On June 6th, the European Parliament overwhelmingly approved a resolution calling EU leaders to convene a convention in order to amend the EU Treaties.
The plea from MEPs to “urgently” revise the block’s founding treaties is the pressure point in a campaign that has been building for years.
The vote was expected after the final report from the Conference on the Future of Europe, released in May, had also called for treaty changes as well as other significant changes to the basic functioning of the EU. The conference was a sprawling forum meant to gather citizen feedback on shaping the future of the EU. Politicians and bureaucrats helped turn the feedback into 49 proposals and 326 measures designed to implement those ideas.
“With an historic vote, the parliament has sent a clear message to the council: We are ready to take our responsibility and to reform the European Union to increase its capability to act and to get rid of the paralysing unanimity principle,” Gabriele Bischoff, a German socialist MEP who helped write the resolution said. “With a convention, we have a chance to deliver … and to strengthen democratic and social resilience.”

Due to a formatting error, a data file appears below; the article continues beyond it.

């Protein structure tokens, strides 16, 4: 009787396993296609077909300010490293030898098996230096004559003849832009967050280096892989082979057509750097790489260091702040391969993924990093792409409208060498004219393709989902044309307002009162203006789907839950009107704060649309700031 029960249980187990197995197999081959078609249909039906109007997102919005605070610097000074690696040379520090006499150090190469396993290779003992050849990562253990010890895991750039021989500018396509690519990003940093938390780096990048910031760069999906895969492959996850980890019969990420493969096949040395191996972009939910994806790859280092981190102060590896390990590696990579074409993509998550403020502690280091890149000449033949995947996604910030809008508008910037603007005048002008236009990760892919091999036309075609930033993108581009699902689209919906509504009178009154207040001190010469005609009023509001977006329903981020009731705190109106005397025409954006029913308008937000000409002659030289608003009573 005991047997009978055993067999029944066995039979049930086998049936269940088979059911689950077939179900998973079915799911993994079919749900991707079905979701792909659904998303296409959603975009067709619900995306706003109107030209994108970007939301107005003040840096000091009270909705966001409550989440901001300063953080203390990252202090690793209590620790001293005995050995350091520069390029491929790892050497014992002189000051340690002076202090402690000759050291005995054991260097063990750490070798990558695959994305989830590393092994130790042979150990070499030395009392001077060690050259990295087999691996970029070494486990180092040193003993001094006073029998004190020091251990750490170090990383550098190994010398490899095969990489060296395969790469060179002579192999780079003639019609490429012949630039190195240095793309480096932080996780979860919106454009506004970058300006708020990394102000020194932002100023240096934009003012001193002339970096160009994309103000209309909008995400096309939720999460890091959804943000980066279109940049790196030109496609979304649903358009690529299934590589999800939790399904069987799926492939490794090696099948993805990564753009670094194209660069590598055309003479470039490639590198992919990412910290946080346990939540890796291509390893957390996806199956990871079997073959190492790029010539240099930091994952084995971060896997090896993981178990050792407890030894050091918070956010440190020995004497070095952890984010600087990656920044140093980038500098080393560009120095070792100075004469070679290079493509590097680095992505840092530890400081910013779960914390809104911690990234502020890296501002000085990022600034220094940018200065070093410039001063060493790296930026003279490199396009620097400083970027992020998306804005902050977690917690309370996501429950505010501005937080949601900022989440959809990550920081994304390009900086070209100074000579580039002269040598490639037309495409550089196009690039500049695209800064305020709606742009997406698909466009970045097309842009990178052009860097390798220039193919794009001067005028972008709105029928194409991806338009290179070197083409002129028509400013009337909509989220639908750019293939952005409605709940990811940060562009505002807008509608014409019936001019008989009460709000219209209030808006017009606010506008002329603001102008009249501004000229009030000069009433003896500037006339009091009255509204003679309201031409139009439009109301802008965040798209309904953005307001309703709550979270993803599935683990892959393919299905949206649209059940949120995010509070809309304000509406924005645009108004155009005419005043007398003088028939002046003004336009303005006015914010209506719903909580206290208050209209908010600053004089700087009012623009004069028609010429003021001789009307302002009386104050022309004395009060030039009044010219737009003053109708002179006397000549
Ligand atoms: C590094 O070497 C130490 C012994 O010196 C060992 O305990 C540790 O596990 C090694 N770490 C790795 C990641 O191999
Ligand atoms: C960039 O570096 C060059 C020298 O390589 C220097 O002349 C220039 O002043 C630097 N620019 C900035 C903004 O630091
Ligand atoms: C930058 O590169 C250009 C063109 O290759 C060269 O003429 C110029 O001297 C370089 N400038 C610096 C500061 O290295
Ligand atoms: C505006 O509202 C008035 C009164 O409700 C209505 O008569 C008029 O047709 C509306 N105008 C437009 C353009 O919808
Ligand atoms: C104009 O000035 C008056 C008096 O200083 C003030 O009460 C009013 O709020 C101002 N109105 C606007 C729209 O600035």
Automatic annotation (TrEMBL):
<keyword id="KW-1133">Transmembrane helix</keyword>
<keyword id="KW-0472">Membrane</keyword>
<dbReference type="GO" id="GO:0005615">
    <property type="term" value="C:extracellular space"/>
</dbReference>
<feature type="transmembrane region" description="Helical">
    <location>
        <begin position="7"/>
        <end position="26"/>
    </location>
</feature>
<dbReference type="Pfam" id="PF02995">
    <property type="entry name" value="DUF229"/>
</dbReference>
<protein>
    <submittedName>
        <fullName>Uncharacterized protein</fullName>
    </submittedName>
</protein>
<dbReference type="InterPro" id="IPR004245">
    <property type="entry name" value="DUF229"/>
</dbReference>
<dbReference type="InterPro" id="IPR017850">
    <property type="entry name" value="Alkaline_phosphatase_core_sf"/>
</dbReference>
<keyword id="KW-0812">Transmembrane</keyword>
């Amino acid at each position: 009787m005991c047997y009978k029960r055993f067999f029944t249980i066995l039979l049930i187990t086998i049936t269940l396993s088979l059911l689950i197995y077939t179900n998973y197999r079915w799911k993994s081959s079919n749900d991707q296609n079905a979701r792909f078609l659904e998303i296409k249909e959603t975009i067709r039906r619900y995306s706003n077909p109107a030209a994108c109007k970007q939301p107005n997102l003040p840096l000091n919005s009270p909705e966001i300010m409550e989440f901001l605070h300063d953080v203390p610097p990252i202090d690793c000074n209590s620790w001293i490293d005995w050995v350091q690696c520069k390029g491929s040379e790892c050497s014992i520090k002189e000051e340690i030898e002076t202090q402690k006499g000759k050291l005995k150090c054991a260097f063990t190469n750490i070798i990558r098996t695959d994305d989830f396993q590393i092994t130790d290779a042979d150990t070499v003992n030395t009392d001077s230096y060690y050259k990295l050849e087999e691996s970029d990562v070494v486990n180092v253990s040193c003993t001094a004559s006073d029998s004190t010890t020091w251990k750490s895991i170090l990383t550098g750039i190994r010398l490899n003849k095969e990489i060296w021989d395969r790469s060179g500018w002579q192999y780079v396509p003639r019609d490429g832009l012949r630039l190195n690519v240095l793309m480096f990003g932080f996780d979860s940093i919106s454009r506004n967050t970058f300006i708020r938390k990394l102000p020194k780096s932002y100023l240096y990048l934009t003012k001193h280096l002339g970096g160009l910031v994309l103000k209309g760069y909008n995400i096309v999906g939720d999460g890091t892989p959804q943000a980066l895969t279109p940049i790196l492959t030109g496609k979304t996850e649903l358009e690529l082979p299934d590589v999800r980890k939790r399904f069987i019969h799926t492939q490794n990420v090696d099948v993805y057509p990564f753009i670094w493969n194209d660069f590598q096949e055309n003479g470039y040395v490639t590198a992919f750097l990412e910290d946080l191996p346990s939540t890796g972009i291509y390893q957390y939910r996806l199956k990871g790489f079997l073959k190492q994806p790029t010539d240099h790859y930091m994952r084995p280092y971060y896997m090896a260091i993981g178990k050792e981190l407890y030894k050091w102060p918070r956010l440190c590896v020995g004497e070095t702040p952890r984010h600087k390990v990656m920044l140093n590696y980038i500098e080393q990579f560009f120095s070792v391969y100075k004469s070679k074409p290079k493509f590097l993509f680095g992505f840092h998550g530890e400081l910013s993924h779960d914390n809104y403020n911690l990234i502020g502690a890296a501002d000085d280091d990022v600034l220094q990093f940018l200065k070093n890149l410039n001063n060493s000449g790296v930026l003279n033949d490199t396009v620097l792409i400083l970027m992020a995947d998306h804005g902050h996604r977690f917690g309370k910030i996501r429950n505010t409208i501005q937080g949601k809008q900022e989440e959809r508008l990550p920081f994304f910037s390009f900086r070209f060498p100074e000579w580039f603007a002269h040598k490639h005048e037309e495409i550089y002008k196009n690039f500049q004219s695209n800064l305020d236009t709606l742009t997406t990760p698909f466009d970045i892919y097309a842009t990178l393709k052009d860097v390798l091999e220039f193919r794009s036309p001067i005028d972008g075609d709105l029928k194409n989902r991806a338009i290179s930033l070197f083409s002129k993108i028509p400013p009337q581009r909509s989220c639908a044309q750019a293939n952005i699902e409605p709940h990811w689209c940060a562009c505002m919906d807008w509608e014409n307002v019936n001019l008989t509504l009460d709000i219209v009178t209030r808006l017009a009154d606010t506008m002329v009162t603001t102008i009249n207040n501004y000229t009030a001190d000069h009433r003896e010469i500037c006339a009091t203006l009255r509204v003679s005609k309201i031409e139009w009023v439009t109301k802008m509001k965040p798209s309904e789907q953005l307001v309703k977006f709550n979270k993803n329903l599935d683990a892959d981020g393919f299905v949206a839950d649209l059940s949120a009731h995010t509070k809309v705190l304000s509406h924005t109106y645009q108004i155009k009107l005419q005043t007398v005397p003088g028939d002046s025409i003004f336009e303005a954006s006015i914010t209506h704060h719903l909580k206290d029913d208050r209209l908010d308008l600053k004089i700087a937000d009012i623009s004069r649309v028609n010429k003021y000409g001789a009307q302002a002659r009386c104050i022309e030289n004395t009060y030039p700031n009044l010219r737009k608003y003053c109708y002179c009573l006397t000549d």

The EU Parliament resolution specifies the changes to the treaties it wants: repealing the unanimity required on certain decisions is one of them, particularly to move from a unanimous to a “qualified majority” threshold for decisions on “relevant areas, such as the adoption of sanctions,” as well as “in the event of an emergency.”
The resolution also urges changes in the functioning of parliament, specifically that it be given the “right to initiate, amend or repeal legislation.” Currently, only the commission has the authority to propose legislation.
Some countries have already shown themselves opposed to treaty changes, a significant barrier to a convention, since such matters still require unanimous voting by country leaders. Last month, following the release of the final report on the Conference on the Future of Europe, 13 countries, including all Baltic and Scandinavian states, said that they “do not support unconsidered and premature attempts to launch a process towards treaty change.”
355 MEPs voted in favour, while 154 were opposed.
Bridget Ryder is Spain-based writer. She has written on politics, environment, and culture for American and international publications. She holds degrees in Spanish and Catholic Studies.